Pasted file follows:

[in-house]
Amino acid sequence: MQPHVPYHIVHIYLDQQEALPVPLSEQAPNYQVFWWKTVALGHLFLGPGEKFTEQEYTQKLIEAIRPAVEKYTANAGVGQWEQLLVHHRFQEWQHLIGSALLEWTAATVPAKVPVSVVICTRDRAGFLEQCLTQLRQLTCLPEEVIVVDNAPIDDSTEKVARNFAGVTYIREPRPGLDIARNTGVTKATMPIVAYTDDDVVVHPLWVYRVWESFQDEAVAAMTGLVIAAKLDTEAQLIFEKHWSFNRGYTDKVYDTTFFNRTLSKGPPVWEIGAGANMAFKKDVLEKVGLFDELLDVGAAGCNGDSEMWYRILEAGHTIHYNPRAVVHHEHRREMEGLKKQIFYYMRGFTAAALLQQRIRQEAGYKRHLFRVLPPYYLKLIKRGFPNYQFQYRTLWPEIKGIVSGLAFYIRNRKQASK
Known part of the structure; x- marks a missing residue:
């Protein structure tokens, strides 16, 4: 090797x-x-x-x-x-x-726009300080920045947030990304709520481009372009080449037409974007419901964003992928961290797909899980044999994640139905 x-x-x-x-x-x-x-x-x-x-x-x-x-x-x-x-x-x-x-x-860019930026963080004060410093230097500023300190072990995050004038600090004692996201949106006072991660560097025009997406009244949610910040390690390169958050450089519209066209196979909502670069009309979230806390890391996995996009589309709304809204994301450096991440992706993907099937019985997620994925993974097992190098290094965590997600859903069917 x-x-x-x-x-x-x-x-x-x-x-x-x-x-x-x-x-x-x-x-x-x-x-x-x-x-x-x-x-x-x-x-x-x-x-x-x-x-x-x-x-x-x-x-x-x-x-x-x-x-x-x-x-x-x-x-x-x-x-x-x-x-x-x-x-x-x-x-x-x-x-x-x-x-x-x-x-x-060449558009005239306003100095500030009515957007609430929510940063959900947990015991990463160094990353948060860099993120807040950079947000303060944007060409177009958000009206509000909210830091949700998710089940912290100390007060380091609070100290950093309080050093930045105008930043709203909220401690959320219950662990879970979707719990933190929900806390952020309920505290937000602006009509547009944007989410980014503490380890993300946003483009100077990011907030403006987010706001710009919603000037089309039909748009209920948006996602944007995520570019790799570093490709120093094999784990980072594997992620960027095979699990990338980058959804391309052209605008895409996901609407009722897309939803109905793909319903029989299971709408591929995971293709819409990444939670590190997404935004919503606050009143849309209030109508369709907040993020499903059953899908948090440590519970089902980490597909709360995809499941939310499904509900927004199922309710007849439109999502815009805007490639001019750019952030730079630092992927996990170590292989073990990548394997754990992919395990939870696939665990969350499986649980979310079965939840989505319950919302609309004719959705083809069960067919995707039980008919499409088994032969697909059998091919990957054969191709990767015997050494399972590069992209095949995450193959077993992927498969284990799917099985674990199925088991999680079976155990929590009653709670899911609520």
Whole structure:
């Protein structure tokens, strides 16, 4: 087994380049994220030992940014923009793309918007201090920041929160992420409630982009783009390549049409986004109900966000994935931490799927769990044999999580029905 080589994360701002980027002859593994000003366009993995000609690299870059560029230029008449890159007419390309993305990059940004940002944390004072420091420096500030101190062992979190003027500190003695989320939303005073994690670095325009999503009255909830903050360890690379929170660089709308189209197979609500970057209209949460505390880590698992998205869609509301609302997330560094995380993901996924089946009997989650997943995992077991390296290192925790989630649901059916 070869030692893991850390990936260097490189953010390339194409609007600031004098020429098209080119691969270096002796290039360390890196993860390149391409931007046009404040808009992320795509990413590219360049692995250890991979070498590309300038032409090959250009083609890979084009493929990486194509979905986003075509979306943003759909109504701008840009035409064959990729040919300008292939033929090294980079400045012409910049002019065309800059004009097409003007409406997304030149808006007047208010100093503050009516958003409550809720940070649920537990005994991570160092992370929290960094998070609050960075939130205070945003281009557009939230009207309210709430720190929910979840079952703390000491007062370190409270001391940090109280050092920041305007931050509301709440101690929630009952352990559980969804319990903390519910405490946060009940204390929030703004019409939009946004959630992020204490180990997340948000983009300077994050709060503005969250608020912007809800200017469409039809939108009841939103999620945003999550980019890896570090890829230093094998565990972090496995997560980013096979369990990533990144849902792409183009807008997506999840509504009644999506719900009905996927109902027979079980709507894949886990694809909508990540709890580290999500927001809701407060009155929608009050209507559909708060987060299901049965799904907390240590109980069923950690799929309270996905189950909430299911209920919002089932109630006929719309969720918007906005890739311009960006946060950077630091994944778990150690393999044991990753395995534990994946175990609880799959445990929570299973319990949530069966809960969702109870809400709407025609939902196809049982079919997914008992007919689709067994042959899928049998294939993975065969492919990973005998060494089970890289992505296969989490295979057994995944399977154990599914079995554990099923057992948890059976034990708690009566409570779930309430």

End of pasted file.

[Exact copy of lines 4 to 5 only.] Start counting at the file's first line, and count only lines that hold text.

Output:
């Protein structure tokens, strides 16, 4: 090797x-x-x-x-x-x-726009300080920045947030990304709520481009372009080449037409974007419901964003992928961290797909899980044999994640139905 x-x-x-x-x-x-x-x-x-x-x-x-x-x-x-x-x-x-x-x-860019930026963080004060410093230097500023300190072990995050004038600090004692996201949106006072991660560097025009997406009244949610910040390690390169958050450089519209066209196979909502670069009309979230806390890391996995996009589309709304809204994301450096991440992706993907099937019985997620994925993974097992190098290094965590997600859903069917 x-x-x-x-x-x-x-x-x-x-x-x-x-x-x-x-x-x-x-x-x-x-x-x-x-x-x-x-x-x-x-x-x-x-x-x-x-x-x-x-x-x-x-x-x-x-x-x-x-x-x-x-x-x-x-x-x-x-x-x-x-x-x-x-x-x-x-x-x-x-x-x-x-x-x-x-x-x-060449558009005239306003100095500030009515957007609430929510940063959900947990015991990463160094990353948060860099993120807040950079947000303060944007060409177009958000009206509000909210830091949700998710089940912290100390007060380091609070100290950093309080050093930045105008930043709203909220401690959320219950662990879970979707719990933190929900806390952020309920505290937000602006009509547009944007989410980014503490380890993300946003483009100077990011907030403006987010706001710009919603000037089309039909748009209920948006996602944007995520570019790799570093490709120093094999784990980072594997992620960027095979699990990338980058959804391309052209605008895409996901609407009722897309939803109905793909319903029989299971709408591929995971293709819409990444939670590190997404935004919503606050009143849309209030109508369709907040993020499903059953899908948090440590519970089902980490597909709360995809499941939310499904509900927004199922309710007849439109999502815009805007490639001019750019952030730079630092992927996990170590292989073990990548394997754990992919395990939870696939665990969350499986649980979310079965939840989505319950919302609309004719959705083809069960067919995707039980008919499409088994032969697909059998091919990957054969191709990767015997050494399972590069992209095949995450193959077993992927498969284990799917099985674990199925088991999680079976155990929590009653709670899911609520």
Whole structure: